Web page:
This 90-minute session will examine workflows for automating the creation of descriptive metadata. Presenters will demonstrate tools such as Open Refine, Picasa, ExifTool, and Google Forms for collecting and identifying descriptive metadata elements. Presenters will also demonstrate workflows for embedding metadata.  

 

Presentation Titles & Presenters:

 

Session 2: Automating Legacy Data Cleanup Projects

Wednesday, June 8, 2:00 – 3:30 PM, Marston Science Library, Room 136

 

 

This 90-minute session will demonstrate two case studies for automating clean-up processes for legacy data. Presenters will demonstrate workflows and use of tools such as MARCEdit, and Open Refine for batch editing large retrospective projects.  

 

Presentation Titles & Presenters:

 

 

Registration: UF Libraries employees register through the Instruction and Training Database.

All other parties please register via email here.


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Practicing Emotional Intelligence; Motivating Others - NEFLIN

 

Thursday, May 26, 2016, 10:00 –11:30 AM, Marston Library Room L-136

 

 

Leading others through the process of achieving organizational objectives is a challenging, yet rewarding assignment that requires excellent administrative, interpersonal, and communication skills.  In today’s professional worlds, successful supervisors and managers not only need to create a proactive environment, but they must also react professionally to unanticipated issues and situations.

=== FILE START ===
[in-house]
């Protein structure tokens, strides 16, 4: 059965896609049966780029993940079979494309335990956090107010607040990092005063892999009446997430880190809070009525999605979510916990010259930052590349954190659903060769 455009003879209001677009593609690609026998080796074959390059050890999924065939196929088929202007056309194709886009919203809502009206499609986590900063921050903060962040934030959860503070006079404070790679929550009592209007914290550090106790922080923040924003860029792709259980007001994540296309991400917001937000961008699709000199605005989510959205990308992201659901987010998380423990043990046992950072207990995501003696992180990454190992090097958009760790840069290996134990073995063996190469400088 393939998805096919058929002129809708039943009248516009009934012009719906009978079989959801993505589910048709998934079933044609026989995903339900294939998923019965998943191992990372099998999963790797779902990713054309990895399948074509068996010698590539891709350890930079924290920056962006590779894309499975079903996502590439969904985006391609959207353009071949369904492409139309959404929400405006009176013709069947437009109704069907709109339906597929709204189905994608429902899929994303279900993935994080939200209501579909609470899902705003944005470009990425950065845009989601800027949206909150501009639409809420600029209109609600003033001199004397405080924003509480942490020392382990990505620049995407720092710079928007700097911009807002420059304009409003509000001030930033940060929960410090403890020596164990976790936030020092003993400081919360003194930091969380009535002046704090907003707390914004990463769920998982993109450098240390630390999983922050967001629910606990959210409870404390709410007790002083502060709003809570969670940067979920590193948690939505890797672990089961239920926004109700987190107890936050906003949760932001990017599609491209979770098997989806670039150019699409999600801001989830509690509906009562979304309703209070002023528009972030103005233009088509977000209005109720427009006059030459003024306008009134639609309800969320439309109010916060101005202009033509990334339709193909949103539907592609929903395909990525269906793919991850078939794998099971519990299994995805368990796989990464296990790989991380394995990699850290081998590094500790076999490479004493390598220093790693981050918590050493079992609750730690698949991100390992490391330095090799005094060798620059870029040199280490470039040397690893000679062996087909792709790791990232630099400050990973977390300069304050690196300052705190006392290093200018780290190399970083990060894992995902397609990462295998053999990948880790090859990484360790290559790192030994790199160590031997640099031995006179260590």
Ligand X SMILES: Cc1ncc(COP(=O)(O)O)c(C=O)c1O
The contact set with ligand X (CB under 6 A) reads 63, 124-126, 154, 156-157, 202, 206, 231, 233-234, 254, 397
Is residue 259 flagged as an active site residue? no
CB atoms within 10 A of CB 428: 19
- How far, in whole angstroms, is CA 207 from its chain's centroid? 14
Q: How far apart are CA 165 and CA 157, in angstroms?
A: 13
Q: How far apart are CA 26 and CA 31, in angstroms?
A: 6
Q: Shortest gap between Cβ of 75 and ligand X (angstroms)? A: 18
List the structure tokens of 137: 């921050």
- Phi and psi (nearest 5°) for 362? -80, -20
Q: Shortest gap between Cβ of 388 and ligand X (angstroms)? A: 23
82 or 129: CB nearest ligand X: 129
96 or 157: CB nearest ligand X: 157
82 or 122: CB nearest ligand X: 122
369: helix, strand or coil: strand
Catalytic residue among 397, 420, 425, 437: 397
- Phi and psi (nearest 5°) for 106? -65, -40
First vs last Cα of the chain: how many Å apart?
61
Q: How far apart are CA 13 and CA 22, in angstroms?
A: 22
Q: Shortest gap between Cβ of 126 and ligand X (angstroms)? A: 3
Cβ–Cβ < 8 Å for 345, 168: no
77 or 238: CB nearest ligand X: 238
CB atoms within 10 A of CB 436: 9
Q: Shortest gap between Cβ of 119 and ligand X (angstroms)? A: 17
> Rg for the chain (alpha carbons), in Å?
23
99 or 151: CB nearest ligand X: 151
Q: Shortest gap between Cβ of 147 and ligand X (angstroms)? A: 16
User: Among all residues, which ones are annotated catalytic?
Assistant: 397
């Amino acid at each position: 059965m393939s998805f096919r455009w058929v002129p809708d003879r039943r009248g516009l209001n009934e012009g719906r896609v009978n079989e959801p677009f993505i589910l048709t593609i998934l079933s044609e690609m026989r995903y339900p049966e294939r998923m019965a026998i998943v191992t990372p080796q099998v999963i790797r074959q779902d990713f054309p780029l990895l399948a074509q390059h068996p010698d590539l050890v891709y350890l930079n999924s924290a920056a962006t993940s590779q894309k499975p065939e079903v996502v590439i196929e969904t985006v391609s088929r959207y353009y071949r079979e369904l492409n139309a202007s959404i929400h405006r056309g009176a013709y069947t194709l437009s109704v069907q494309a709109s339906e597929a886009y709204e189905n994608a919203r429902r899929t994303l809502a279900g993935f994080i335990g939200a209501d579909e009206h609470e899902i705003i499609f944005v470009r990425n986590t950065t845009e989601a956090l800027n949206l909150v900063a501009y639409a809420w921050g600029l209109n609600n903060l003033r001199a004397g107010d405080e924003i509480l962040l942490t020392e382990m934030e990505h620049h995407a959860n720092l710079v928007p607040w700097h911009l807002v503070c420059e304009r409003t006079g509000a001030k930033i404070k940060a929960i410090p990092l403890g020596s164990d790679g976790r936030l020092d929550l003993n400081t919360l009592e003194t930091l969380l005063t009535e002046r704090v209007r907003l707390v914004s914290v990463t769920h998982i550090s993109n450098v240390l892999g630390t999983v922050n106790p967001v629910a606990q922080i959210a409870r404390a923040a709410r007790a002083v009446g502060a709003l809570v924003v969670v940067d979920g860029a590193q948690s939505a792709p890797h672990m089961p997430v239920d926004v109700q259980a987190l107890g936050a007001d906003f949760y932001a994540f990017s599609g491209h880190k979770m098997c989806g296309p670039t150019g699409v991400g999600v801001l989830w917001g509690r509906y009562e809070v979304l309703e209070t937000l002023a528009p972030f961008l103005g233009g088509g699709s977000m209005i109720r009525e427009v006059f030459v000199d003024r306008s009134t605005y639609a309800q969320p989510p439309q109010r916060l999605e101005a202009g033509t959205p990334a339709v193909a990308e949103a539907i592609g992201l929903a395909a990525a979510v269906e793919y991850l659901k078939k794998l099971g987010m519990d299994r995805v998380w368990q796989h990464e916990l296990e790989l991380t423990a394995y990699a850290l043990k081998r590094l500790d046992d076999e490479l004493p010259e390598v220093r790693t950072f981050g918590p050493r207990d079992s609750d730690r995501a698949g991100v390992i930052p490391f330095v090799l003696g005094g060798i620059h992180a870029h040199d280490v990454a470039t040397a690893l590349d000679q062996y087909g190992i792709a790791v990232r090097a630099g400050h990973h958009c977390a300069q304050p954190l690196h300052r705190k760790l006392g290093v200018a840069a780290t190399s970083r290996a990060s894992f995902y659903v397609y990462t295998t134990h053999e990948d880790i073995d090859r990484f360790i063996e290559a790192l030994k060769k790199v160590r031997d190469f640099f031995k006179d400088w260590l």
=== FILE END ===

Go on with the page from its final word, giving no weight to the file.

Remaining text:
Learning Objectives:  Upon completion of this program, participants will be better able to apply situational leadership, practice emotional intelligence, communicate and delegate effectively, and coach their staffs into high performance teams.  They will leave understanding that there is no one-style fits all approach to management and communication.

 

 

Virtual Trainer: Claudia Monte

Claudia Monte is principal and consultant with CAM Consulting Group LLC, a management and HR consulting and training firm, which she founded in 1993 to assist organizations and people achieve success. She has extensive experience nationally as a speaker, trainer, coach, and consultant for clients in the library, legal, nonprofit, private, and public sectors. She specializes in coaching individuals to expand their Emotional Intelligence (EI) in the various facets of their personal and professional lives. Prior to starting her firm, she held management, sales, training, and marketing positions with three major corporations. She received her degree from Widener University and is an adjunct instructor at Florida SouthWestern State College.